Executive Dean among Nobel Prize scientists
The University of Adelaide's Professor Nick Harvey is one of the global team of scientists recognised in the 2007 Nobel Peace Prize.
This year's Nobel Peace Prize was awarded jointly to the Intergovernmental Panel on Climate Change (IPCC) and former US Vice-President, climate change campaigner Al Gore for "their efforts to build up and disseminate greater knowledge about man-made climate change, and to lay the foundations for the measures that are needed to counteract such change".
Professor Harvey is one of the lead authors on this year's IPCC Working Group II report.
At the University of Adelaide, he is Professor in Geography and Environmental Studies and in July this year became Executive Dean of the Faculty of Humanities and Social Sciences.
In the IPCC Working Group II report Impacts, Adapations and Vulnerability, Professor Harvey warned that more cyclones, rising sea levels and increased flooding would be the pattern for Australia's coastal communities by 2050.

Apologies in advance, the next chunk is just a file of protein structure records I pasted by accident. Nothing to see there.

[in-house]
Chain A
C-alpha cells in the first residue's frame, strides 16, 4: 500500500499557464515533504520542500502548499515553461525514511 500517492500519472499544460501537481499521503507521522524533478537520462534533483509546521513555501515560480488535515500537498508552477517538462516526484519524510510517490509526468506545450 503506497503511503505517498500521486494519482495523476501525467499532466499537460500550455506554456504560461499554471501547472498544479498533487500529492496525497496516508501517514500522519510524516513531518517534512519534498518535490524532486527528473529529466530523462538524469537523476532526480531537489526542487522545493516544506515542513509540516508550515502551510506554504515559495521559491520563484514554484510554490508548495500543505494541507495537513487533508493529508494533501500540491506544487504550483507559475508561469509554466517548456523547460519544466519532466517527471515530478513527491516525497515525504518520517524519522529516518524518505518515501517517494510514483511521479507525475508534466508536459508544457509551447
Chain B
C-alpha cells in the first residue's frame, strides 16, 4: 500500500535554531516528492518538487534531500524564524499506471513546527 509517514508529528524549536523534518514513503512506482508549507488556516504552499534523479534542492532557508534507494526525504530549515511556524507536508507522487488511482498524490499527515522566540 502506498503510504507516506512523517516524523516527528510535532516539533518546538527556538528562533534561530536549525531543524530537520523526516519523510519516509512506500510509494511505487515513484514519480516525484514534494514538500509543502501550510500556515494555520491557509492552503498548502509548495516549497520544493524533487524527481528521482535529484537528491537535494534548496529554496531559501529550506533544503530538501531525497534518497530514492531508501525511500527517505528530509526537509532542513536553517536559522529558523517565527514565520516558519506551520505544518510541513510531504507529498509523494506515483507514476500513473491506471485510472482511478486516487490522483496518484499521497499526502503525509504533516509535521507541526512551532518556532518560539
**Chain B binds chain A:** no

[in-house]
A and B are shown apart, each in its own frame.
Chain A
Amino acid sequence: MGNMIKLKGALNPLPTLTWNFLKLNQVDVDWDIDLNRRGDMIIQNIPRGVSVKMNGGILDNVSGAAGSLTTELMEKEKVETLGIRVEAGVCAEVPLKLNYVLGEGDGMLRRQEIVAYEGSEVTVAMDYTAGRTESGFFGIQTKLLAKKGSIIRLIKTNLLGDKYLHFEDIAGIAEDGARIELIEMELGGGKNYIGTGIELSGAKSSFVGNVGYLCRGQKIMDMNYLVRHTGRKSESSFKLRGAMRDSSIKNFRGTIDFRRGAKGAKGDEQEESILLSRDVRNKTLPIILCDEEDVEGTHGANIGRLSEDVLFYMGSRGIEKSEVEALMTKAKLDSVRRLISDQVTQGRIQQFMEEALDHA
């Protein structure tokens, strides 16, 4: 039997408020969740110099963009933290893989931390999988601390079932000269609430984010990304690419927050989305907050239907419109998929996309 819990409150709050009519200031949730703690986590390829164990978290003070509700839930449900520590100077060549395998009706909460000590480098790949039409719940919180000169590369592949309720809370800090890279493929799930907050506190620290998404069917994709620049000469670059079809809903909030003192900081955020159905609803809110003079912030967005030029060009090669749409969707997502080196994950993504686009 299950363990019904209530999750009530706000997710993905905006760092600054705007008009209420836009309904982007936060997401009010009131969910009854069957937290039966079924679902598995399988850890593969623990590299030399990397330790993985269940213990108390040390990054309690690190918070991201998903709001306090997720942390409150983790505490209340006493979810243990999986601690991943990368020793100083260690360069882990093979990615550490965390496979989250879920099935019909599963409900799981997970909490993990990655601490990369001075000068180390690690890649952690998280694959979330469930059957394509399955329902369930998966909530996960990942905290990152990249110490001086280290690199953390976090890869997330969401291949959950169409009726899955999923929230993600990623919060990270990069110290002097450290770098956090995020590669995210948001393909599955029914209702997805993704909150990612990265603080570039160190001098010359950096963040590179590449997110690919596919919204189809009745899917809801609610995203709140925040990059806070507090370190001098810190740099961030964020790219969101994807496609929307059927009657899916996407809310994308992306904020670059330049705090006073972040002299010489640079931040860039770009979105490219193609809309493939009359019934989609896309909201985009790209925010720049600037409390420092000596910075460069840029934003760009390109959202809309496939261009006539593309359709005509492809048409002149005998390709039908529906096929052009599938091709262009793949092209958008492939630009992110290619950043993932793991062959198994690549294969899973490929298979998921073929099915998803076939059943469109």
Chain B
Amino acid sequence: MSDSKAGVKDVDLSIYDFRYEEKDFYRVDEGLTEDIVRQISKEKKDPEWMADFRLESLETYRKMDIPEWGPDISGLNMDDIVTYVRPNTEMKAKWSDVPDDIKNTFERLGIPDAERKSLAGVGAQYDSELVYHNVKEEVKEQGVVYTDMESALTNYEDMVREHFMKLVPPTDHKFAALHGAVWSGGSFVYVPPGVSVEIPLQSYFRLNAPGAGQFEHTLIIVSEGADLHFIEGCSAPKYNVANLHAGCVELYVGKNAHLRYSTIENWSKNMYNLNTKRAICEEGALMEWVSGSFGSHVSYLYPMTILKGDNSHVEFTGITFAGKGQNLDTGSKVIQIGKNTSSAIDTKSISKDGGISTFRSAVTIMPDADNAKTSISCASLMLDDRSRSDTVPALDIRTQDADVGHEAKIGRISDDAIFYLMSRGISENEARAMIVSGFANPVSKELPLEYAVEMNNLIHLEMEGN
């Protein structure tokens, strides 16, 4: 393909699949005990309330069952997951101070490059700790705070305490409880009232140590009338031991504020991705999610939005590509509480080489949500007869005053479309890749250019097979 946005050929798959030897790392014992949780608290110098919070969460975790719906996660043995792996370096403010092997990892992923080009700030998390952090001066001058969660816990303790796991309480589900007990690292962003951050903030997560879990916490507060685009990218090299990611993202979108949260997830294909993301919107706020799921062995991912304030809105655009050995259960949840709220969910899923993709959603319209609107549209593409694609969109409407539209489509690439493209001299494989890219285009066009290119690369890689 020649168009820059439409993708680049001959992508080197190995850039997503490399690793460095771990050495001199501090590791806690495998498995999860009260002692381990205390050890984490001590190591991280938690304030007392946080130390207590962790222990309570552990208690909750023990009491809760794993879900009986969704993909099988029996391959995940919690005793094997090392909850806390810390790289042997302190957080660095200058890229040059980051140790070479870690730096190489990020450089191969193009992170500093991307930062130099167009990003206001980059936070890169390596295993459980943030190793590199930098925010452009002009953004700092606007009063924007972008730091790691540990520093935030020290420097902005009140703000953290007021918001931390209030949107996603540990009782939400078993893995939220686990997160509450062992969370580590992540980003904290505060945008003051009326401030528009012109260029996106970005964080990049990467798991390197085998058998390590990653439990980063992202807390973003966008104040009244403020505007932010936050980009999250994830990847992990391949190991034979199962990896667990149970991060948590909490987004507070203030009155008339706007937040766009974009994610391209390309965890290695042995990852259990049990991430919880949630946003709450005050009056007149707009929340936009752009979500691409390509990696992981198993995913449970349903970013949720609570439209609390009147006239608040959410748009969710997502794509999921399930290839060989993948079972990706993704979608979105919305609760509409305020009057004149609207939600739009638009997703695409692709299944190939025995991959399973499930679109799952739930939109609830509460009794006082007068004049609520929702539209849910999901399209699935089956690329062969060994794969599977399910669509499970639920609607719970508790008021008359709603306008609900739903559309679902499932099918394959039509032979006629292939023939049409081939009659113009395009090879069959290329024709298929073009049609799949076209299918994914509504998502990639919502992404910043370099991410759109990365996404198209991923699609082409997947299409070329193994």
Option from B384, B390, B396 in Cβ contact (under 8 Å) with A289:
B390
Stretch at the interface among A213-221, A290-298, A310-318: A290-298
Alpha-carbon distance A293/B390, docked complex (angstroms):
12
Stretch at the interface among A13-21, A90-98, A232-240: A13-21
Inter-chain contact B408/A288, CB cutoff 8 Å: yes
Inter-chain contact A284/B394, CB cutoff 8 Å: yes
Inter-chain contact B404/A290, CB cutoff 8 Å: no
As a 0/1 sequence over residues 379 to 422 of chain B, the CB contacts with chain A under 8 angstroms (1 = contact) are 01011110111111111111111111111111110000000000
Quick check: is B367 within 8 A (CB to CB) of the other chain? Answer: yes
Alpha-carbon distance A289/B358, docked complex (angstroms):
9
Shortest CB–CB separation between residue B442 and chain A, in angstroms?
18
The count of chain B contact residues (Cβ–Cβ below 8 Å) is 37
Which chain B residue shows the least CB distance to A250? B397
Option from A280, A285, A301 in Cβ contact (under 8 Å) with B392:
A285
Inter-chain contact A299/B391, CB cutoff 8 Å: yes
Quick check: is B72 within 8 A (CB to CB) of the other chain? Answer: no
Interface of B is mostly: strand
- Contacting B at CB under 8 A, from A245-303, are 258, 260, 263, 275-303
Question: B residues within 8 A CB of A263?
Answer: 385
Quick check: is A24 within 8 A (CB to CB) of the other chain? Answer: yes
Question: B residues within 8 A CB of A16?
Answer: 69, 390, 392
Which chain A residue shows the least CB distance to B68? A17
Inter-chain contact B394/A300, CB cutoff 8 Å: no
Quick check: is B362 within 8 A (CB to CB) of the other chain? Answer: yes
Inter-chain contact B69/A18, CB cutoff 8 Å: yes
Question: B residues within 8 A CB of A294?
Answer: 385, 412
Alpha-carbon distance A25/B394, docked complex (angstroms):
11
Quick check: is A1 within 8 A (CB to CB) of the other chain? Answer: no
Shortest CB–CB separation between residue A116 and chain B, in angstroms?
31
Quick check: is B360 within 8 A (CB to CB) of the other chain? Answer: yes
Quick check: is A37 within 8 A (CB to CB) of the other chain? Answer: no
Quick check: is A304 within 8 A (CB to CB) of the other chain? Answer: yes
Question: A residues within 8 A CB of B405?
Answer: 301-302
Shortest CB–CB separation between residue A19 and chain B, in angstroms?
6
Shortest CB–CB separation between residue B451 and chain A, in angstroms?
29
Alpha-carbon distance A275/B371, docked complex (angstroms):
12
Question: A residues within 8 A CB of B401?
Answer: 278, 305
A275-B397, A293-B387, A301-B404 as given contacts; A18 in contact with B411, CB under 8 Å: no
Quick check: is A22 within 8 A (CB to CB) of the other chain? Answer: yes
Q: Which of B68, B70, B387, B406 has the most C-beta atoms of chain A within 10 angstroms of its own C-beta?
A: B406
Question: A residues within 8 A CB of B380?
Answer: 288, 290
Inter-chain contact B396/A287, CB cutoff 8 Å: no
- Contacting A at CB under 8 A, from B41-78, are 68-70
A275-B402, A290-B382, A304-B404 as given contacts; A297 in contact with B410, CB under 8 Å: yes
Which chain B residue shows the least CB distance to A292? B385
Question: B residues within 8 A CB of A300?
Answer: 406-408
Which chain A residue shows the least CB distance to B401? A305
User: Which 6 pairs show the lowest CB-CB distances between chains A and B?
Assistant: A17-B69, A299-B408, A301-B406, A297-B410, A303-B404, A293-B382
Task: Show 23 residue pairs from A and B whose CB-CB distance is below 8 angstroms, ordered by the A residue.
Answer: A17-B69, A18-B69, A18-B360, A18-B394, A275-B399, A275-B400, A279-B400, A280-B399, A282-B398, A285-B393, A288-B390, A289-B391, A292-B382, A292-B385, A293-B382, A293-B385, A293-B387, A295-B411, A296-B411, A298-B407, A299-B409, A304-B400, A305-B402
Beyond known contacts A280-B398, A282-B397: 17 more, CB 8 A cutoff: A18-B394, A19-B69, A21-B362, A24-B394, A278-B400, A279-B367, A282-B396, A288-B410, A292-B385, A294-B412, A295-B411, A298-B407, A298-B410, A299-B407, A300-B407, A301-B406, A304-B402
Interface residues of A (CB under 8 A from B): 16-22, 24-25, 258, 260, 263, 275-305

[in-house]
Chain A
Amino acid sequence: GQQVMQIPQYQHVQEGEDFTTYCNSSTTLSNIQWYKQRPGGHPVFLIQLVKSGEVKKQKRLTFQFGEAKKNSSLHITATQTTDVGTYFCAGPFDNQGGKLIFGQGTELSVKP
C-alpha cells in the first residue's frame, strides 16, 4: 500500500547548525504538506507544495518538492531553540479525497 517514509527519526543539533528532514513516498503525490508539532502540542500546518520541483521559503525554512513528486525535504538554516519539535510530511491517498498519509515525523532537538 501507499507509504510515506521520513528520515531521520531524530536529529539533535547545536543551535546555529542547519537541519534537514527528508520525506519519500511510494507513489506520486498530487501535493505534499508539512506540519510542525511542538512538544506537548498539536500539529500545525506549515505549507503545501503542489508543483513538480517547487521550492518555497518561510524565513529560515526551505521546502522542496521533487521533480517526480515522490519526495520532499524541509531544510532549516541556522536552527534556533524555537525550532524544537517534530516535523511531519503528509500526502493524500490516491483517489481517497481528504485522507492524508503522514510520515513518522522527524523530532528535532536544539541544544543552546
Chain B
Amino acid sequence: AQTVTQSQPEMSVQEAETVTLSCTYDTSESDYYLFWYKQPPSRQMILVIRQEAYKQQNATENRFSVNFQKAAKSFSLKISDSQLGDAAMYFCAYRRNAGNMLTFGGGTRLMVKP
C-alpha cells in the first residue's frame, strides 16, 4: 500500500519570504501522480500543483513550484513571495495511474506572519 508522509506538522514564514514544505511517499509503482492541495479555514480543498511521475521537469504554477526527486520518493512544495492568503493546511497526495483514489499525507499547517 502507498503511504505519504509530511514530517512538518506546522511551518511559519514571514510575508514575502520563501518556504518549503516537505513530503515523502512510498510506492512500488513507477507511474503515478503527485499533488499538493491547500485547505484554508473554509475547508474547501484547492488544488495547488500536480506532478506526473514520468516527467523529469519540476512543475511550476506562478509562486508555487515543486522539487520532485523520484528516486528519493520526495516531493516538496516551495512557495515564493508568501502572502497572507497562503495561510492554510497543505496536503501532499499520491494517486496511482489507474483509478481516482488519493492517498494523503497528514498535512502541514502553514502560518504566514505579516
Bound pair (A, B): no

"It is good to see recognition of the important work done by the IPCC and an honour to be involved in a project of this stature," Professor Harvey said.
He was contacted on announcement day by both IPCC Chairman Dr Rajendra Pauchuri and the Chair of Working Group II, Dr Martin Parry, who had sent congratulations to all contributing authors. They stressed that the scientific authors should take a large measure of the credit for the award and were all recipients of the prize.
The IPCC has involved thousands of leading scientists and officials from more than 100 countries collaborating to assess the scientific evidence for global warming.
Professor Harvey is on a number of international scientific committees dealing with global change. He is currently Chair of the international START-Oceania committee, based in Fiji, dealing with global change research and training.
He has written more than 100 publications, including books, book chapters and scientific papers, on coastal management and environmental impact assessment.
Professor Harvey is a member of the Australian Government Advisory Group on Coastal Vulnerability Assessment and a member of the Executive Steering Committee for South Australia's State of the Environment Report.
Story by Robyn Mills